“No, I don’t think so. If Terence says you should do it, then I think you should.”

Patty seemed relieved. She picked up a pen, initialed each page of the corrected affidavit and scribbled her name at the end. The notary changed the subject. How were the matrons treating her?

“Oh, they’re all okay except for one,” Patty smiled. “And she’d be okay too if she came out of the closet.”

Terence took the affidavit to Judge Carter and asked that Patty be freed on bail. But the judge again refused. “The average public doesn’t believe one thing she says in that affidavit,” he later told a reporter.

The judge’s decision led to an urgent phone call from Randolph Hearst to one of the best criminal lawyers in the country, Boston’s F. Lee Bailey. Bailey arrived, met Patty and conferred with the two Hallinans. He decided he wanted the case but didn’t want to work with Terence.

Terence was also opposed to working with Bailey and quit the team, telling associates he was getting out because Bailey planned to turn Patty into a prosecution witness. Actually no deals were in the works yet. Bailey was proceeding slowly. He felt the affidavit had damaged Patty’s credibility and he didn’t want her answering questions in court until her entire legal strategy was set.

That left Patty in jail for the meantime. But Judge Carter had appointed three psychiatrists to examine Patty for a possible transfer into a state hospital. The three psychiatrists became her confessors.

The judge had ruled that nothing she said to the psychiatrists during their examinations could be used as evidence against her in court. So Patty talked candidly of crimes and underground activities that the affidavit had claimed she’d forgotten. She also told the psychiatrists a full account of her conversion. Overall it was jumbled and defied easy translation. She refused to admit that she had asked to join. But she admitted being intrigued by the SLA lifestyle. “I was sick of the middle-class life I was leading,” she explained. “The SLA members seemed to have some purpose to their lives.”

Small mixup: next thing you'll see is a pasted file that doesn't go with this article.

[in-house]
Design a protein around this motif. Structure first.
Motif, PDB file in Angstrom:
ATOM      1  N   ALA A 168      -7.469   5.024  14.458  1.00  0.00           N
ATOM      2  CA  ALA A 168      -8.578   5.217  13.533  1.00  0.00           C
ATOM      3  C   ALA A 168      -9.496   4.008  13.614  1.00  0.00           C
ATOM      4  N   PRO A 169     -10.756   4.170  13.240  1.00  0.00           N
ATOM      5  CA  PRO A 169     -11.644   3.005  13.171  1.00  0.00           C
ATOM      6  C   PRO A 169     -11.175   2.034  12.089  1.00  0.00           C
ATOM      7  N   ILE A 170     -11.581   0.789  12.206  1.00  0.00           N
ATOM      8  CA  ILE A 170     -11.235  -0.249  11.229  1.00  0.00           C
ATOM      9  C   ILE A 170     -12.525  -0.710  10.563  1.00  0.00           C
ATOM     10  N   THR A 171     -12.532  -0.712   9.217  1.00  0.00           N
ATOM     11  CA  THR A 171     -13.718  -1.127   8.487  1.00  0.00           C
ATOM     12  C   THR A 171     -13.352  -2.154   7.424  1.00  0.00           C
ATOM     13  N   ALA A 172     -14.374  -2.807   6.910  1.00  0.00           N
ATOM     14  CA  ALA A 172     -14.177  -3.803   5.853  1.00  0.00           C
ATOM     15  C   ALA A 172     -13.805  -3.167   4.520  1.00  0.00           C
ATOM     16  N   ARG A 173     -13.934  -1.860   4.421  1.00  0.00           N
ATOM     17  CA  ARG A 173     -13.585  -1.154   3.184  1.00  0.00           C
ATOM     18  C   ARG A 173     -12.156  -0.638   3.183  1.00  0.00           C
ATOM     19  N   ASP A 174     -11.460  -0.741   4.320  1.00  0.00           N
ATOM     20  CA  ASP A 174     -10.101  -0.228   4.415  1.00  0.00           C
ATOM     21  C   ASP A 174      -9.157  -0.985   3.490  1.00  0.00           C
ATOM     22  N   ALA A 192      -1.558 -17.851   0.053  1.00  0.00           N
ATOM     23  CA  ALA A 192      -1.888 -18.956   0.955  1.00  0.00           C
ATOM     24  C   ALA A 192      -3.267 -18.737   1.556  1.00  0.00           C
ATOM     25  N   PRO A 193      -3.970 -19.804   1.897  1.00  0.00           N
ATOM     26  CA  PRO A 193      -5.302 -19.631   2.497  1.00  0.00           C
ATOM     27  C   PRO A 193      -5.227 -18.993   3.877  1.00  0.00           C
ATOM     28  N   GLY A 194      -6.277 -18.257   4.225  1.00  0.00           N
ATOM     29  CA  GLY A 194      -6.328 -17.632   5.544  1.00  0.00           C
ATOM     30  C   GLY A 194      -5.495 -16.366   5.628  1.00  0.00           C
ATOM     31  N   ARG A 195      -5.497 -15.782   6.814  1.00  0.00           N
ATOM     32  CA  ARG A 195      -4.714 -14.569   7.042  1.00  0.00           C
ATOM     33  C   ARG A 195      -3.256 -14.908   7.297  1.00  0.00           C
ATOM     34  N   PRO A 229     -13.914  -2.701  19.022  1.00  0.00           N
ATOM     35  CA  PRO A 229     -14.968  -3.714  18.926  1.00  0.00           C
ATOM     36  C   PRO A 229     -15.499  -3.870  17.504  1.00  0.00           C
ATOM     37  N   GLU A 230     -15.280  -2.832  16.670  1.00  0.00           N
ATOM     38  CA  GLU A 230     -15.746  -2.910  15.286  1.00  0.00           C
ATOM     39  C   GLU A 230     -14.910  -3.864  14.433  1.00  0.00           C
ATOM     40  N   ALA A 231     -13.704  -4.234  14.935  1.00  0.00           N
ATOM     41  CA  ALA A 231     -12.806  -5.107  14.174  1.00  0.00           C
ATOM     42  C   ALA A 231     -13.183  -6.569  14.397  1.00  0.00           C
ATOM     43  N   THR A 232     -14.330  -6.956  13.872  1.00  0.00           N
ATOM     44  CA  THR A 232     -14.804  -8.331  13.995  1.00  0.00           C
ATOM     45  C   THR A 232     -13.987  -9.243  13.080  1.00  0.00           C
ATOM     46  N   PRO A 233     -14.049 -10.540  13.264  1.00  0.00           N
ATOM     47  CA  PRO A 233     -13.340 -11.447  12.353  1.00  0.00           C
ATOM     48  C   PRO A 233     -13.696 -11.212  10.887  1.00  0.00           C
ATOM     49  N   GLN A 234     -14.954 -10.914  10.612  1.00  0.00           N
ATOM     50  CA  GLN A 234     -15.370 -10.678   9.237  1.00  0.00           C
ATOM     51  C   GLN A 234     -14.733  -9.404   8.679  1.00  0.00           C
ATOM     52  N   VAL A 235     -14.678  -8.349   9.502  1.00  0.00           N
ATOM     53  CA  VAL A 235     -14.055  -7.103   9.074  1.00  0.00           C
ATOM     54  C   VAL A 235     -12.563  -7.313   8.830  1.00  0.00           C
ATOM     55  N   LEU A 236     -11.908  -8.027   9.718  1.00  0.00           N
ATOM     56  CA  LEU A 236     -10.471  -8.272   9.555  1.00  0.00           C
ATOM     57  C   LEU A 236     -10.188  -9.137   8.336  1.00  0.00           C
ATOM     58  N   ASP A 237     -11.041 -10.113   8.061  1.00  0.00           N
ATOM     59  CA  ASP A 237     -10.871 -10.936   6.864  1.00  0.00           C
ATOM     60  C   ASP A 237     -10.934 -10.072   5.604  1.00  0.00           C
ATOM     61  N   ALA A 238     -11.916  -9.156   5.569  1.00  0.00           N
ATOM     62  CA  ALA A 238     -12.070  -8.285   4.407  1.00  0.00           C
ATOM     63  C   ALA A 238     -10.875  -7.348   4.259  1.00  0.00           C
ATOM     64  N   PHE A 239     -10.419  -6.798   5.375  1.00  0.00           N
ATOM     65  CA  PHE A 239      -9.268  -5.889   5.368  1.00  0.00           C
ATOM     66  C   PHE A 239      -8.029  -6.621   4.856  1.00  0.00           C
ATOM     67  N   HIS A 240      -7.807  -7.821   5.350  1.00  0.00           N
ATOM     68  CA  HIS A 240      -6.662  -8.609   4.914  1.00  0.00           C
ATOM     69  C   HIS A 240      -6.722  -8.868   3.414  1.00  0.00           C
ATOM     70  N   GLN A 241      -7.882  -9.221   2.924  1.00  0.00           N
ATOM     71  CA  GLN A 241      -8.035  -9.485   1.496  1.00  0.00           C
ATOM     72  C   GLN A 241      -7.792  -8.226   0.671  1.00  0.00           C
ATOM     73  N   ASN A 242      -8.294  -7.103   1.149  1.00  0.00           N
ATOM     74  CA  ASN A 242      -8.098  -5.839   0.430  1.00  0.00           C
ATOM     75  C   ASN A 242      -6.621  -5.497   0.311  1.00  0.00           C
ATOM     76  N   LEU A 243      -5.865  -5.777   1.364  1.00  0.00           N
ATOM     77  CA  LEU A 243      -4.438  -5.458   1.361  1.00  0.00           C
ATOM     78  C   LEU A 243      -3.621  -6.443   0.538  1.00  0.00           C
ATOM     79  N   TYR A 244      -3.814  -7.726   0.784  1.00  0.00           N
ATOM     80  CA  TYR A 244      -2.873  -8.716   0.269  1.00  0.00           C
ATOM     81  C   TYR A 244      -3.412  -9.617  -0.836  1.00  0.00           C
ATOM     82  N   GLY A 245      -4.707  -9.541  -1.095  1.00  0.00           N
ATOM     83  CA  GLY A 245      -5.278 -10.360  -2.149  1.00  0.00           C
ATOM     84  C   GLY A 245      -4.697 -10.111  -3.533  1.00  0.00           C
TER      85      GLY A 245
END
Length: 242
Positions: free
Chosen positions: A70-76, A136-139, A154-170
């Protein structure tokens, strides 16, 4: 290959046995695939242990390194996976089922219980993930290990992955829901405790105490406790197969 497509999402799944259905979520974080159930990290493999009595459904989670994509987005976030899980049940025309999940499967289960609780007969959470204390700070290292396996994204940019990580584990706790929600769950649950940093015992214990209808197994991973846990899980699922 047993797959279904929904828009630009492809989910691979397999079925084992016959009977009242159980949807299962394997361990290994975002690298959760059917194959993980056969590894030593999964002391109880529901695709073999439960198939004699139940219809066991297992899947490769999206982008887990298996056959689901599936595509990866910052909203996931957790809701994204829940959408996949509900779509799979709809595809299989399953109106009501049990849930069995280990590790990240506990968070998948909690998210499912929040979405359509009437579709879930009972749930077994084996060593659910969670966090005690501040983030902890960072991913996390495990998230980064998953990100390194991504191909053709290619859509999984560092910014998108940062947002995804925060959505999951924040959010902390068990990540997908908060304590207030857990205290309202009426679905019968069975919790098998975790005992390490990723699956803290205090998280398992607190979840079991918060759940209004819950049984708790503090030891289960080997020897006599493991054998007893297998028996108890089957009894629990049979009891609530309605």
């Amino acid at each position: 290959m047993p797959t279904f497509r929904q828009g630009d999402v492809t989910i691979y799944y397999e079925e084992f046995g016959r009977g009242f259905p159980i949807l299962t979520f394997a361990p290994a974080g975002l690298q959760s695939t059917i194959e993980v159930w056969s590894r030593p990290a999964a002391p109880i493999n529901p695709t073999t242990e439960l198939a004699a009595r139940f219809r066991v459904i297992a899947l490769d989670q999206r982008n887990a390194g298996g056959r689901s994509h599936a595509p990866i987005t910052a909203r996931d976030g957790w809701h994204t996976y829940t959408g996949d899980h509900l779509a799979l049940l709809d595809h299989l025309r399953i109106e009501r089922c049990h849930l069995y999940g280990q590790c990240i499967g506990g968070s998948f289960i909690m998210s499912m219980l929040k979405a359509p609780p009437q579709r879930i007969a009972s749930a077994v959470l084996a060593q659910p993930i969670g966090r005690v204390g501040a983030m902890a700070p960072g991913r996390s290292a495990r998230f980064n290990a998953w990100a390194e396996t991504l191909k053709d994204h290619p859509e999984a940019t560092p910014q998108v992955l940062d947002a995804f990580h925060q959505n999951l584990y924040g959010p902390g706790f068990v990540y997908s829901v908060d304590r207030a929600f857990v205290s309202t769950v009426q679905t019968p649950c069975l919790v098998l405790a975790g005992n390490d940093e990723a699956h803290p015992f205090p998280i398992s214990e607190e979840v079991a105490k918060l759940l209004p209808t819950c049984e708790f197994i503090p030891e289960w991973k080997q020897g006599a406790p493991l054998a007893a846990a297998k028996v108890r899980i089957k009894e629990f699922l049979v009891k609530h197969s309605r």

Patty’s last day with Emily was a bitter one. Both were being held in the maximum security area of San Mateo County jail; though physically separated and in the presence of guards, they could still communicate. It was the day after Patty’s affidavit had been filed, and Emily began criticizing Patty’s legal strategy. She told Patty that she wanted her to see Susan Jordan, a radical attorney then representing Emily. Patty refused. She no longer wanted her future directly tied to the Harrises. Their argument grew so loud that matrons rushed over to investigate.

That night, the Harrises were secretly flown south under heavy guard to the Los Angeles County jail. There was still one more message from Emily; a tape-recorded communiqué was played to the national media by her Los Angeles lawyer, in which Emily charged the Hearsts and Patty’s lawyers with “brainwashing” Tania.

Patty’s response was to the point: Emily Harris was “out of line.”

Patty seemed to be returning quite easily to her family. She was more mature, better able to tolerate Catherine. On one visit, Catherine noted Patty’s natural brown hair peeking out from under the red dye she’d used while underground. “Why don’t you go to the prison beauty shop?” she asked.

Patty just smiled, as if to say, “Catherine will never change.”

The stream of visitors every Wednesday, Thursday and Sunday was steady. She asked to see her sisters and cousins. She also saw old high school and childhood friends. The most frequent visitor was Stanford student Tricia Tobin, her oldest friend. With Tobin, Patty talked the most openly.

But talking freely to anyone in jail was difficult. Her jailers had been taping her conversations and had released one with Tobin to the press. So Tricia and Patty used sign language for private matters.

The jailers had been ordered to stop the taping of lawyers and family. But a late October visit of one friend was suddenly interrupted by a loud conversation accidentally being replayed from a recorder in an adjacent room.